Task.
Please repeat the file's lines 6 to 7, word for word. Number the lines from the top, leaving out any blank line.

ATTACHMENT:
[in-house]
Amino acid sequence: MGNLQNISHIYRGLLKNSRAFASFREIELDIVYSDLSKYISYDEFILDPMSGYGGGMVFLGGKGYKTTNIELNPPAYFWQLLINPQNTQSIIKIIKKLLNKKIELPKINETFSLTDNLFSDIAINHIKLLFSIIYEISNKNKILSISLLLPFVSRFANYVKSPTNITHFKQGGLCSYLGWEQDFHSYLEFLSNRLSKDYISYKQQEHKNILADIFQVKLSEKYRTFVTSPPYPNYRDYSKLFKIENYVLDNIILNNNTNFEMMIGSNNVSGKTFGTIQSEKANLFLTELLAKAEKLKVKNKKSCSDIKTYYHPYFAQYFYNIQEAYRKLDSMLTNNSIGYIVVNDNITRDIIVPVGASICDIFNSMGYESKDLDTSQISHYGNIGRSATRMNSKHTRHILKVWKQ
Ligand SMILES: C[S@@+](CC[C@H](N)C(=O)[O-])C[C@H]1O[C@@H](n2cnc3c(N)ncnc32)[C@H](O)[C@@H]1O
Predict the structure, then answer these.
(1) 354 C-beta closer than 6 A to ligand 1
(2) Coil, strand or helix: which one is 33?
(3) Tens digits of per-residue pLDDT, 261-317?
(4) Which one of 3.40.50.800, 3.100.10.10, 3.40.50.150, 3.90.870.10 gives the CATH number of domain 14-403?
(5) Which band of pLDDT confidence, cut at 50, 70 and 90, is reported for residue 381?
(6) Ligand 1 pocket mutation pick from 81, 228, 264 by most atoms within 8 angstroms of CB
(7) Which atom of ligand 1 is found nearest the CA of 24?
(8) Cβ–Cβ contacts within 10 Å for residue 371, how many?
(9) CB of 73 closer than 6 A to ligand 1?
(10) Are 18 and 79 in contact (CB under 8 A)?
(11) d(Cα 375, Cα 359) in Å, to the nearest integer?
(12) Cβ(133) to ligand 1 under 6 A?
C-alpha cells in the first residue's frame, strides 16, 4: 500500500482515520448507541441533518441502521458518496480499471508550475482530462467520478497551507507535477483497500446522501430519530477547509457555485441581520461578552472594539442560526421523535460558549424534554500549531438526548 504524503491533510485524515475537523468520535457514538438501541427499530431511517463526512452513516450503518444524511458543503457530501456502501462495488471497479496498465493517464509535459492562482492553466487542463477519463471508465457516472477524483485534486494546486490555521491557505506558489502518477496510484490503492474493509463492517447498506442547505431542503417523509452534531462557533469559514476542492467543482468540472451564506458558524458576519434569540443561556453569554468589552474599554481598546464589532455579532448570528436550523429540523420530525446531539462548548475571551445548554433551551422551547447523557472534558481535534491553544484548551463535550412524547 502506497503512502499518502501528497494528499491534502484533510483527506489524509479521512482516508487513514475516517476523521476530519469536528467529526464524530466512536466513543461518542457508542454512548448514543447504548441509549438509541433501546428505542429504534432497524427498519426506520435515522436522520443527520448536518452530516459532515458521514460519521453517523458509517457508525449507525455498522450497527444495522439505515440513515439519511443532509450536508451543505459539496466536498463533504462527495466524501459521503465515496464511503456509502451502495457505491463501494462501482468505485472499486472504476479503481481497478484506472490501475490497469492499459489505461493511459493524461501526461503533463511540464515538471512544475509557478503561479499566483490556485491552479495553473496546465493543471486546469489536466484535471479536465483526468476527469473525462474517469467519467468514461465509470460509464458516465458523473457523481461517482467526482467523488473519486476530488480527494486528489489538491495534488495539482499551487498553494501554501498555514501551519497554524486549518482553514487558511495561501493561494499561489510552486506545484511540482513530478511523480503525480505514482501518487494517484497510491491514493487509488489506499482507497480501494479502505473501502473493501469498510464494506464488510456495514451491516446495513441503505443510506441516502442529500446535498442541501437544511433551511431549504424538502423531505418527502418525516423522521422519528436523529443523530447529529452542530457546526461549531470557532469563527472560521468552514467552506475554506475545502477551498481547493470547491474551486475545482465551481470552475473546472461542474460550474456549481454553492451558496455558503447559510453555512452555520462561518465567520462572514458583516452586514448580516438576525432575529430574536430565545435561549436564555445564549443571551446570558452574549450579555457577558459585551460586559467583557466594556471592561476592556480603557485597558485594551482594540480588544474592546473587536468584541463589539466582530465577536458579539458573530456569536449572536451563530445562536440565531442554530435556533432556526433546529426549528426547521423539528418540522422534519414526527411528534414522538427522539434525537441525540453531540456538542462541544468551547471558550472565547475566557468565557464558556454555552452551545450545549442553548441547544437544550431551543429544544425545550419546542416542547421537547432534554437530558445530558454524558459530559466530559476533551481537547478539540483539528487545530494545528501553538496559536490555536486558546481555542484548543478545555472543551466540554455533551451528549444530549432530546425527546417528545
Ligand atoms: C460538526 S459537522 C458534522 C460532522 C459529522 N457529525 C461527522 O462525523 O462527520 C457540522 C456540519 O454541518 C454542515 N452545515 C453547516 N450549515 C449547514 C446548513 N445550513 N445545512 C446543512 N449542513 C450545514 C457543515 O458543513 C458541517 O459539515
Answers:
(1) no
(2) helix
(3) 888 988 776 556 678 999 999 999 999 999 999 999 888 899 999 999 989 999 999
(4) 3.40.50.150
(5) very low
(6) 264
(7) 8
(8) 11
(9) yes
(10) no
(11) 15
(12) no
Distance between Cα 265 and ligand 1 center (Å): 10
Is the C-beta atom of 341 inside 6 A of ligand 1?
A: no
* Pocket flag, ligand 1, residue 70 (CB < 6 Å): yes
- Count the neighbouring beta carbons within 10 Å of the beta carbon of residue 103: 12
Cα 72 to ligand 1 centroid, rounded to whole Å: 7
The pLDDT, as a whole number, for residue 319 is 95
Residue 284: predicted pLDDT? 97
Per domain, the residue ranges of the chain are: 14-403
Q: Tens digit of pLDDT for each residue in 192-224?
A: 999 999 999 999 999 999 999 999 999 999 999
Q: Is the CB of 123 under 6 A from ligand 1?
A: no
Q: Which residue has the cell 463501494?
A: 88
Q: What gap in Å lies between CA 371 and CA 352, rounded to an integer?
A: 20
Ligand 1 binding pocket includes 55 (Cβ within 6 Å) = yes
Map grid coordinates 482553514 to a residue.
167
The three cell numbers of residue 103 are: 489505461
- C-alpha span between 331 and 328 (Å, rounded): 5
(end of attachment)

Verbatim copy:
(2) Coil, strand or helix: which one is 33?
(3) Tens digits of per-residue pLDDT, 261-317?